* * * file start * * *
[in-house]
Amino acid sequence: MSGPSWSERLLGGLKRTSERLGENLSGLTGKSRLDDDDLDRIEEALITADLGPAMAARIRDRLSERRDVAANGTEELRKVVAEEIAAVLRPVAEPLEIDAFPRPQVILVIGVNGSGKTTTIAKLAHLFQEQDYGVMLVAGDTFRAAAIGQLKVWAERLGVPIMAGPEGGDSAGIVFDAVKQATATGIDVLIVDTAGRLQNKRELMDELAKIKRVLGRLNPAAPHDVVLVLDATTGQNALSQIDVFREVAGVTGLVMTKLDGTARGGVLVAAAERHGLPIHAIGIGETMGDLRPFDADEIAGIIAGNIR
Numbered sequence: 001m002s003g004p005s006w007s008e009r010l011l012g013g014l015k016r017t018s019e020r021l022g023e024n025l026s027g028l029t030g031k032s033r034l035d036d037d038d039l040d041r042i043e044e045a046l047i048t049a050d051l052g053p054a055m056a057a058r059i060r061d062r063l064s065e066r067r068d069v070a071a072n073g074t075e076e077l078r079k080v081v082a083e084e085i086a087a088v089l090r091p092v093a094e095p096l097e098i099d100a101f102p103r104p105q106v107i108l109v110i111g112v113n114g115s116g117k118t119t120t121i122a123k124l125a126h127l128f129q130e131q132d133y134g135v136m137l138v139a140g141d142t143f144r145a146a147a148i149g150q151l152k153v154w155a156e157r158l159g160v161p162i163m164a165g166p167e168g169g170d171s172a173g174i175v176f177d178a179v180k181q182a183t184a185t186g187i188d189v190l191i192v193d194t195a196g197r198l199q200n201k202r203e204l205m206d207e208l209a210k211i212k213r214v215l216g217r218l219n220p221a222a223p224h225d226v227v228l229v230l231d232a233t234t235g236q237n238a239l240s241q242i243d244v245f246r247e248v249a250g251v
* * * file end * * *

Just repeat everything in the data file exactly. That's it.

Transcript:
[in-house]
Amino acid sequence: MSGPSWSERLLGGLKRTSERLGENLSGLTGKSRLDDDDLDRIEEALITADLGPAMAARIRDRLSERRDVAANGTEELRKVVAEEIAAVLRPVAEPLEIDAFPRPQVILVIGVNGSGKTTTIAKLAHLFQEQDYGVMLVAGDTFRAAAIGQLKVWAERLGVPIMAGPEGGDSAGIVFDAVKQATATGIDVLIVDTAGRLQNKRELMDELAKIKRVLGRLNPAAPHDVVLVLDATTGQNALSQIDVFREVAGVTGLVMTKLDGTARGGVLVAAAERHGLPIHAIGIGETMGDLRPFDADEIAGIIAGNIR
Numbered sequence: 001m002s003g004p005s006w007s008e009r010l011l012g013g014l015k016r017t018s019e020r021l022g023e024n025l026s027g028l029t030g031k032s033r034l035d036d037d038d039l040d041r042i043e044e045a046l047i048t049a050d051l052g053p054a055m056a057a058r059i060r061d062r063l064s065e066r067r068d069v070a071a072n073g074t075e076e077l078r079k080v081v082a083e084e085i086a087a088v089l090r091p092v093a094e095p096l097e098i099d100a101f102p103r104p105q106v107i108l109v110i111g112v113n114g115s116g117k118t119t120t121i122a123k124l125a126h127l128f129q130e131q132d133y134g135v136m137l138v139a140g141d142t143f144r145a146a147a148i149g150q151l152k153v154w155a156e157r158l159g160v161p162i163m164a165g166p167e168g169g170d171s172a173g174i175v176f177d178a179v180k181q182a183t184a185t186g187i188d189v190l191i192v193d194t195a196g197r198l199q200n201k202r203e204l205m206d207e208l209a210k211i212k213r214v215l216g217r218l219n220p221a222a223p224h225d226v227v228l229v230l231d232a233t234t235g236q237n238a239l240s241q242i243d244v245f246r247e248v249a250g251v